How Everyone Became Depressed

The rise and fall of the nervous breakdown

The Backlash Against the New DSM-5

There are a lot of reasons why one might consider DSM-5 a dead end. One is its perpetuation of such diagnoses as “schizophrenia” and “bipolar disorder” that do not in fact correspond to natural disease entities. Read More

nosologic imperialism

Good points, Ned. I can recall observing over 30 years ago what I termed nosologic and then methodologic imperialism associated with DSM-III. First came the nosology accompanied by so-called operational diagnostic criteria, then came the structured interviews tailored to the criteria. That set the stage for checklist diagnoses and the dumbing down of clinical skills in diagnosis. Meanwhile, the vaunted gain in reliability was unimpressive - certainly not worth the price that was paid in weakened validity.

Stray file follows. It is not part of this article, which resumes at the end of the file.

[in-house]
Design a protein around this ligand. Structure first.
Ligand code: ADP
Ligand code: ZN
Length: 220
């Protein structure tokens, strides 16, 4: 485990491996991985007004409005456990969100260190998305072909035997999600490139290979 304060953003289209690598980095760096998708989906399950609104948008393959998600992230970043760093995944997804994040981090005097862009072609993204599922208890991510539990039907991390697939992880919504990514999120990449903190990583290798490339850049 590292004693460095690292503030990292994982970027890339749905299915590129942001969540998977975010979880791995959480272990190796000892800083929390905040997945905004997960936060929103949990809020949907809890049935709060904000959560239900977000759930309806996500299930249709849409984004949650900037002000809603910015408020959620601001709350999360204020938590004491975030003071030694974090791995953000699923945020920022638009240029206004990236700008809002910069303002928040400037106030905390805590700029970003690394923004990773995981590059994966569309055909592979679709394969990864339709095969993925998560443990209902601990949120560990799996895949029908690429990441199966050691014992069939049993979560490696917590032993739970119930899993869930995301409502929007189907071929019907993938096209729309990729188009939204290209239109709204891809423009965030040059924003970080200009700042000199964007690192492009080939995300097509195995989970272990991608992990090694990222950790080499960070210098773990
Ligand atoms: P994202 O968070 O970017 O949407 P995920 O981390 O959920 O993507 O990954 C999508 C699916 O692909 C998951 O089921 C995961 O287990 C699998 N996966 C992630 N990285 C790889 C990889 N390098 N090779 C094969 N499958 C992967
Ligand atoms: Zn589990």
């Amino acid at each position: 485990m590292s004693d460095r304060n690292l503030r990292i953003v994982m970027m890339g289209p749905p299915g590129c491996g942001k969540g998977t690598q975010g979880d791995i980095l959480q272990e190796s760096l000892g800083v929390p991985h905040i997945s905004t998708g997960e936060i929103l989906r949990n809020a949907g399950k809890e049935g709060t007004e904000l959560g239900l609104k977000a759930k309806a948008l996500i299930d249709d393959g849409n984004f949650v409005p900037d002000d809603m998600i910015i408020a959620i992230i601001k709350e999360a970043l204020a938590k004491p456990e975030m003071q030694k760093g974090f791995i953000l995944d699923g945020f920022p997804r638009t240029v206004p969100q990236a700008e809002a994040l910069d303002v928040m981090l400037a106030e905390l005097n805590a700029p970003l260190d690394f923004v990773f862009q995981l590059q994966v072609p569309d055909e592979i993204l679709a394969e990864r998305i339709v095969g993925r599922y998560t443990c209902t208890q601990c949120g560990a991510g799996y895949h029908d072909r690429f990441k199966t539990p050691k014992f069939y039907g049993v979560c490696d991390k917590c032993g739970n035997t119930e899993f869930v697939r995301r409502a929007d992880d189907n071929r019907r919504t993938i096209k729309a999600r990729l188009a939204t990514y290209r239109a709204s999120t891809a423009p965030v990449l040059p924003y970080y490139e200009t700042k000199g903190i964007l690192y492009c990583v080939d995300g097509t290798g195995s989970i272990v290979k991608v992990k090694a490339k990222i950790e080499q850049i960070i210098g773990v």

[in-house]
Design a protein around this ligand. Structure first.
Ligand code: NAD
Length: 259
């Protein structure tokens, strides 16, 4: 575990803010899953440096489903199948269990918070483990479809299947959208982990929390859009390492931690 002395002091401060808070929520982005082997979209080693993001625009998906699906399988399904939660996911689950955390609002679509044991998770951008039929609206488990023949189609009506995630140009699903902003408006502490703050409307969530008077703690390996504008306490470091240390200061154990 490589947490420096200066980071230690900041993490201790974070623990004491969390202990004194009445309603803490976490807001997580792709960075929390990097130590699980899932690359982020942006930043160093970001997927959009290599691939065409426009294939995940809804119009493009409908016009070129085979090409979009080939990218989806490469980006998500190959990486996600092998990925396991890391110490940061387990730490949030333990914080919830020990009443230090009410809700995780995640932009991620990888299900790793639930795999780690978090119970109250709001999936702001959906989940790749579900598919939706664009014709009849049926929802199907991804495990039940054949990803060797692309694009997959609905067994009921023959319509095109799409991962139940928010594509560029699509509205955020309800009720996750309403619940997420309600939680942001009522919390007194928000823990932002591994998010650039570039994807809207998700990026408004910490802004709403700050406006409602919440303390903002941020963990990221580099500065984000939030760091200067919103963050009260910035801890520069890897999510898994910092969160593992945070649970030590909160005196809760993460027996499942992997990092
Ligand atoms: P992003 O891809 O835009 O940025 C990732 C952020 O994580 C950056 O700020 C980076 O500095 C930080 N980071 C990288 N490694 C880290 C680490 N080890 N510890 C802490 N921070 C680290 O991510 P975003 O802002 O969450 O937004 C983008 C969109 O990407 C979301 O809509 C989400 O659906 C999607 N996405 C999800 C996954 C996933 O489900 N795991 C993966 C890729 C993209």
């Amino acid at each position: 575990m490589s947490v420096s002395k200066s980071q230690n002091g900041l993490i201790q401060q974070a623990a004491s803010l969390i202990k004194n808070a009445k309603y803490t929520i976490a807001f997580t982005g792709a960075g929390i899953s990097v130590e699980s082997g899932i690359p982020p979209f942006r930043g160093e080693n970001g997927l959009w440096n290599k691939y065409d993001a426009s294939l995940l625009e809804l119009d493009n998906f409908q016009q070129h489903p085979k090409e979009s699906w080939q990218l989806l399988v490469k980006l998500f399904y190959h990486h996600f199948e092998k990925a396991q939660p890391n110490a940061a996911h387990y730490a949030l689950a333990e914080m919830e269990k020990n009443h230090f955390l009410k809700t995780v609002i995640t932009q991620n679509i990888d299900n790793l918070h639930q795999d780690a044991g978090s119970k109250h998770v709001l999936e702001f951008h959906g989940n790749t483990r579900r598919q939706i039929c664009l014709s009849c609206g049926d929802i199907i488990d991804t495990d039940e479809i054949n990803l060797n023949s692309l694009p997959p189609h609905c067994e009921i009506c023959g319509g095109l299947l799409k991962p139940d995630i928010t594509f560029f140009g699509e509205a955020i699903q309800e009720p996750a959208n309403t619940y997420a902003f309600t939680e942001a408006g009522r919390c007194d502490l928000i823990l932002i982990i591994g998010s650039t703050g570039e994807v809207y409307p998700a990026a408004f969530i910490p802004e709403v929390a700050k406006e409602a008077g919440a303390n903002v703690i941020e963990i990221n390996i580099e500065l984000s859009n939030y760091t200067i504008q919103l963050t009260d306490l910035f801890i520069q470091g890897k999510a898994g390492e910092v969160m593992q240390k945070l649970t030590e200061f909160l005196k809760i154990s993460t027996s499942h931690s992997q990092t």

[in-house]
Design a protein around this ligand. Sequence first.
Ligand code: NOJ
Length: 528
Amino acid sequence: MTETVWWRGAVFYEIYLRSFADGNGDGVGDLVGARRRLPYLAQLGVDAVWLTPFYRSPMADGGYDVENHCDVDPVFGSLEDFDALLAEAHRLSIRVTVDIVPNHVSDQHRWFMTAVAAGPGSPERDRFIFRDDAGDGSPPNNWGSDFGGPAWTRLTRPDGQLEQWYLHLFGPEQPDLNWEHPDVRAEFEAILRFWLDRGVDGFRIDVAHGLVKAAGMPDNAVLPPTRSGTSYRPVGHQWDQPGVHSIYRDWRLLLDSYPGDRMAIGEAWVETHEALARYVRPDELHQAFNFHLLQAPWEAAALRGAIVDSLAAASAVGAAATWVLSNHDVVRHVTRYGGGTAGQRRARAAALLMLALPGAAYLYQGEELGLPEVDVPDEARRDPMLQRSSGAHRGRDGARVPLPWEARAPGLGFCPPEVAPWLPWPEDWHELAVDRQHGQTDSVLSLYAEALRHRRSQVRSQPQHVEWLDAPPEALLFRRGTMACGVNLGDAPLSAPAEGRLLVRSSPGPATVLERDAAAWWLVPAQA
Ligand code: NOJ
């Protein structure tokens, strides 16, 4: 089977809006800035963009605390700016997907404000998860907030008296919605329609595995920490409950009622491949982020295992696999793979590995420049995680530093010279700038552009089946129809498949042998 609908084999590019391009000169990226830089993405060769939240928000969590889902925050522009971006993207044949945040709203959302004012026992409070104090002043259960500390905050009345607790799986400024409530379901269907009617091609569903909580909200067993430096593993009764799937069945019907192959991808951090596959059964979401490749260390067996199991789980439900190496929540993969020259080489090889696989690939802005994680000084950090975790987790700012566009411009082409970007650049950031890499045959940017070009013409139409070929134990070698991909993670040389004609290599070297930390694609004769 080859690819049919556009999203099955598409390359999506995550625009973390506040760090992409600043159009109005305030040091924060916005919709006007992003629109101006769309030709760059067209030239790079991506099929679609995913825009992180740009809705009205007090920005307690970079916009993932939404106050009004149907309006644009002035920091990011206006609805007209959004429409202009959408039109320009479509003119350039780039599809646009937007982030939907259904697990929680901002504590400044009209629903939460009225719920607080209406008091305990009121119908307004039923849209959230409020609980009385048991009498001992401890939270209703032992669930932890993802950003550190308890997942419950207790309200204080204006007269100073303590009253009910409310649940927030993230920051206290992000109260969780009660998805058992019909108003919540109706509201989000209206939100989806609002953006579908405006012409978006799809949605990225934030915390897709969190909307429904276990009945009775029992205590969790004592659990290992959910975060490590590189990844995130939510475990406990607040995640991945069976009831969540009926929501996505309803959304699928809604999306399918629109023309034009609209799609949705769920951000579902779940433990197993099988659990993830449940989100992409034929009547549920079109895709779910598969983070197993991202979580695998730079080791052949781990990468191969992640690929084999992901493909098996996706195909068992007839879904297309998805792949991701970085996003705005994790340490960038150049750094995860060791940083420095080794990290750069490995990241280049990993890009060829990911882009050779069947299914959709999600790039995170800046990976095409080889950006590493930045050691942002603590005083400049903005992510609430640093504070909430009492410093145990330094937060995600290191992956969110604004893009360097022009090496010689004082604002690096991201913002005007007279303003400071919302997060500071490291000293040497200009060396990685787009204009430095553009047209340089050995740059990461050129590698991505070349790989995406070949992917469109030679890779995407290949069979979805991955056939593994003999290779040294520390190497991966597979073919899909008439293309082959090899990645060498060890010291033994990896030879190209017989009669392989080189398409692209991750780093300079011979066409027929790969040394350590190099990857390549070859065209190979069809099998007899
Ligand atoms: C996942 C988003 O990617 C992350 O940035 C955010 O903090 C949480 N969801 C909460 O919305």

Sign-based diagnostics

Pertti Luukkonen (2014): DSM-5: merkkisysteeminen diagnostiikka
("sign-based diagnostics"). Helsinki: Psykopatologia. - 61 s.
http://granum.uta.fi/granum/kirjanTiedot.php?tuote_id=24264

My book is perhaps the first critical essay on the DSM-5 field
trials.

Sign-based (operational) diagnostics is in principle good, but it
cannot be the ultimate criteria of disorders, only the beginning!

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Edward Shorter, Ph.D., is the Jason A. Hannah Professor in the History of Medicine at the University of Toronto.

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